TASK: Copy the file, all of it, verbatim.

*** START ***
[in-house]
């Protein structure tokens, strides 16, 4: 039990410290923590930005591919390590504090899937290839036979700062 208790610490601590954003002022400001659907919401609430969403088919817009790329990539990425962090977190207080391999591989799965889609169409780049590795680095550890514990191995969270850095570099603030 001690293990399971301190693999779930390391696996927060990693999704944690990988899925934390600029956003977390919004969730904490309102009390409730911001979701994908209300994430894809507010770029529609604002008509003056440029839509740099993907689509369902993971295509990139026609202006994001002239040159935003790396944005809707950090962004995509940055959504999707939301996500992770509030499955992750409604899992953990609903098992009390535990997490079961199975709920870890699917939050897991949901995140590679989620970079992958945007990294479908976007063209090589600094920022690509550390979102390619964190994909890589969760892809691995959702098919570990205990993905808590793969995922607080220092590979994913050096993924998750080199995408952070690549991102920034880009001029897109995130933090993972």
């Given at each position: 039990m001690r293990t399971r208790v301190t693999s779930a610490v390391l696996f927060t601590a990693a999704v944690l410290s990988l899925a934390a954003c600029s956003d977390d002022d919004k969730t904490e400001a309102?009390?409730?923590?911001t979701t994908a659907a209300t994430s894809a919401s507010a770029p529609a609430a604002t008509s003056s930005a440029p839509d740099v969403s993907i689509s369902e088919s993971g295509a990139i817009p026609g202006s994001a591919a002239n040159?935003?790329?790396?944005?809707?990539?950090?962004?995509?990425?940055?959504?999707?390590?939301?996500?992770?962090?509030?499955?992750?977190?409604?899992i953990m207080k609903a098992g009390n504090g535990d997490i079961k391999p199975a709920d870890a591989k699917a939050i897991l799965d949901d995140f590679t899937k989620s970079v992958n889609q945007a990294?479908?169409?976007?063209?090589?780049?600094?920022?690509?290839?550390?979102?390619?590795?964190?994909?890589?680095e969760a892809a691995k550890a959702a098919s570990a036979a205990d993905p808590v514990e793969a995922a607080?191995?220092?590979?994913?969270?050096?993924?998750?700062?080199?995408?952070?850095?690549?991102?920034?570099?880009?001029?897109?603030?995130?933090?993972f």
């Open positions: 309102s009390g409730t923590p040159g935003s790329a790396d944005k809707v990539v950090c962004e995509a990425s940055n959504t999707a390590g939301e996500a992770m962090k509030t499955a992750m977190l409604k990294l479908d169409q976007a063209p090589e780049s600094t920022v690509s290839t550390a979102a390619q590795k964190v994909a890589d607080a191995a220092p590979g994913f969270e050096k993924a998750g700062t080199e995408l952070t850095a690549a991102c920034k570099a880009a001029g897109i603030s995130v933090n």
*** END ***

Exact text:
[in-house]
């Protein structure tokens, strides 16, 4: 039990410290923590930005591919390590504090899937290839036979700062 208790610490601590954003002022400001659907919401609430969403088919817009790329990539990425962090977190207080391999591989799965889609169409780049590795680095550890514990191995969270850095570099603030 001690293990399971301190693999779930390391696996927060990693999704944690990988899925934390600029956003977390919004969730904490309102009390409730911001979701994908209300994430894809507010770029529609604002008509003056440029839509740099993907689509369902993971295509990139026609202006994001002239040159935003790396944005809707950090962004995509940055959504999707939301996500992770509030499955992750409604899992953990609903098992009390535990997490079961199975709920870890699917939050897991949901995140590679989620970079992958945007990294479908976007063209090589600094920022690509550390979102390619964190994909890589969760892809691995959702098919570990205990993905808590793969995922607080220092590979994913050096993924998750080199995408952070690549991102920034880009001029897109995130933090993972």
């Given at each position: 039990m001690r293990t399971r208790v301190t693999s779930a610490v390391l696996f927060t601590a990693a999704v944690l410290s990988l899925a934390a954003c600029s956003d977390d002022d919004k969730t904490e400001a309102?009390?409730?923590?911001t979701t994908a659907a209300t994430s894809a919401s507010a770029p529609a609430a604002t008509s003056s930005a440029p839509d740099v969403s993907i689509s369902e088919s993971g295509a990139i817009p026609g202006s994001a591919a002239n040159?935003?790329?790396?944005?809707?990539?950090?962004?995509?990425?940055?959504?999707?390590?939301?996500?992770?962090?509030?499955?992750?977190?409604?899992i953990m207080k609903a098992g009390n504090g535990d997490i079961k391999p199975a709920d870890a591989k699917a939050i897991l799965d949901d995140f590679t899937k989620s970079v992958n889609q945007a990294?479908?169409?976007?063209?090589?780049?600094?920022?690509?290839?550390?979102?390619?590795?964190?994909?890589?680095e969760a892809a691995k550890a959702a098919s570990a036979a205990d993905p808590v514990e793969a995922a607080?191995?220092?590979?994913?969270?050096?993924?998750?700062?080199?995408?952070?850095?690549?991102?920034?570099?880009?001029?897109?603030?995130?933090?993972f």
């Open positions: 309102s009390g409730t923590p040159g935003s790329a790396d944005k809707v990539v950090c962004e995509a990425s940055n959504t999707a390590g939301e996500a992770m962090k509030t499955a992750m977190l409604k990294l479908d169409q976007a063209p090589e780049s600094t920022v690509s290839t550390a979102a390619q590795k964190v994909a890589d607080a191995a220092p590979g994913f969270e050096k993924a998750g700062t080199e995408l952070t850095a690549a991102c920034k570099a880009a001029g897109i603030s995130v933090n």